While I’m asking, put an upscale health-spa on that beautiful southern waterfront, and a sports/concert stadium, and a ferry stop and a private boat dock so Zuckerberg and his wife can use their speed boat when they come to Vallejo for mud masks and massages. And a five-star lunch.

Dreaming of Vallejo of the future, inspired by the new General Plan I’m proud to say I worked on ever since I moved to Vallejo two years ago.  The best thing democracy has to offer is the opportunity to participate, which I can do here in Vallejo, and is one of the things I love best about living in this city. 

Now I can dream of Farraday Future spending hundreds of millions here, and think about the prospect of fresh blood and intelligence in local government, and enjoy that feeling of hope I sense in the air while watching the river flow beside Independence Park.  It gives me courage to think about what else I want.
Here it comes: Not only do I want a peaceful, beautiful family park across the way from where I live, I want to re-route all busses and trucks from Mare Island Way to another street, Sonoma Blvd. for example.  Put a roundabout in the place where Curtola Parkway meets Sonoma Boulevard to divert heavy traffic to Sonoma, already a commercial thoroughfare. 

Mare Island Way needs to be quieted down so we can hear sea lions honk around the boats near the old shipyards, watch flocks of seagulls cawing into the wind, notice migrating geese fly in formation overhead, and wonder about the whacked-out drummer-boy who tap-tap-taps his day away as though heralding in some great event that’s sure to come.

Consider the well-being of present residents as well as future buyers and renters of the luxury apartments, condos, and homes guaranteed to appear on the waterfront, sooner or later. 

And, wouldn’t it be nice to have gondolas carry us over to Mare Island?

I said I was dreaming.

P.S. If you don’t know the drummer-boy I’m talking about you don’t know my park.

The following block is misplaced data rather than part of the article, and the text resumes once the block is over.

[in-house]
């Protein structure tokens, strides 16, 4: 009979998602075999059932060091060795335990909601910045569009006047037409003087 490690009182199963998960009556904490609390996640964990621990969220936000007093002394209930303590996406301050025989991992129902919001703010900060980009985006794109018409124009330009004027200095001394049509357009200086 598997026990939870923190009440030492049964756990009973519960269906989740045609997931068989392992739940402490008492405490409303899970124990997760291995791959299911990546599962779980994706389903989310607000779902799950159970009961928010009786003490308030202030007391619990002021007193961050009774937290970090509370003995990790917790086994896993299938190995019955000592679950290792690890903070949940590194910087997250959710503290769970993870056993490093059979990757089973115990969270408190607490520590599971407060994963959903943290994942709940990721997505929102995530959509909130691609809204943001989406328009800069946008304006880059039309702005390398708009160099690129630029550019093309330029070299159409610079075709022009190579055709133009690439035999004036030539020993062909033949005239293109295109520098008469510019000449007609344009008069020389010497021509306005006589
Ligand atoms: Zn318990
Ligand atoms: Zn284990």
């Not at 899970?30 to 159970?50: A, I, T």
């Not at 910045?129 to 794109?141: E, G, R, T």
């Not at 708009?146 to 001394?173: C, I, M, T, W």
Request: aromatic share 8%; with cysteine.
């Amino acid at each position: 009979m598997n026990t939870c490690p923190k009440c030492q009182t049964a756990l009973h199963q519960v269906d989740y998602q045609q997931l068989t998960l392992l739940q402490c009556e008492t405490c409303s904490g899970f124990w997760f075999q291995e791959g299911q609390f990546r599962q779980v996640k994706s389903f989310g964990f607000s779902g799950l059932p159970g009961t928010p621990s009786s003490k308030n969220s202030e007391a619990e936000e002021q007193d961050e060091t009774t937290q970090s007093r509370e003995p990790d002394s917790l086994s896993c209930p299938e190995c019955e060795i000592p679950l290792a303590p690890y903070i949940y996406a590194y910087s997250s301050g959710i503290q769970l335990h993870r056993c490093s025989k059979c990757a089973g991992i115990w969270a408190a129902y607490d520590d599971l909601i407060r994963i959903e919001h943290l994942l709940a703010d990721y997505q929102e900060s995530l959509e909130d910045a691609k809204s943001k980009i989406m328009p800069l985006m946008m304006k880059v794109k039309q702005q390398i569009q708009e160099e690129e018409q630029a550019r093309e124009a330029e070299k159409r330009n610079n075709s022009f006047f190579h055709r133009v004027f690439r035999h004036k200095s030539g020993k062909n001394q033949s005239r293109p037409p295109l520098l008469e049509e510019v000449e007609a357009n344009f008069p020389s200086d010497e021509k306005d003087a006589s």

Sunday, September 04, 2016


Ha ha ha!  I’m glad to see I’m not the only one worried about the outcome of the vote when the Orcem/VMT project comes before our city council in a couple of months.  Two others are also worried, as we can see from the report on the front page of today’s paper.  Orcem’s president & VMT’s owner are so worried they’re willing to pay the city a million bucks to vote for them.

But I'm not worried any more.  It’s nice to know they’re not as sure of themselves as we think they are; it’s not the “done deal” rumors would have us believe.  If it was a sure thing we wouldn’t see a nickel more than what they have to pay.  After all, it’s business.

The part of this story that makes me most happy is, by making this offer, VMT/Orcem have shot themselves in the foot – royally!  How can our venerable Mayor or any City Councilor vote for them and accept the money?  Think about it. 

By going public with their bribe, VMT/Orcem have ruined their chances of getting the deal.  If our city leaders accept the money and then vote for them for all the world to see, what does that say about our leaders?  Even the wise men of Chelm would know better than to do that.

(And, doesn’t this make the nature of their business even more suspect?)

And yet, it seems to me there’s a price for everything in this material world; business is business after all.  Everyone knows a measly million dollars doesn’t go very far these days.  This is the era of The Billions.  I say, show us a Few Billion and at least give us something to think about.  

Friday, August 26, 2016


Opera in Vallejo? Preposterous, but true. It’s not the San Francisco Opera or L’Opera de Paris, or anything even remotely like them, but it’s a living, breathing phenomenon playing here in our far-flung little town and I doubt anyone can walk away unmoved.

Isn’t being moved the reason we go to the opera?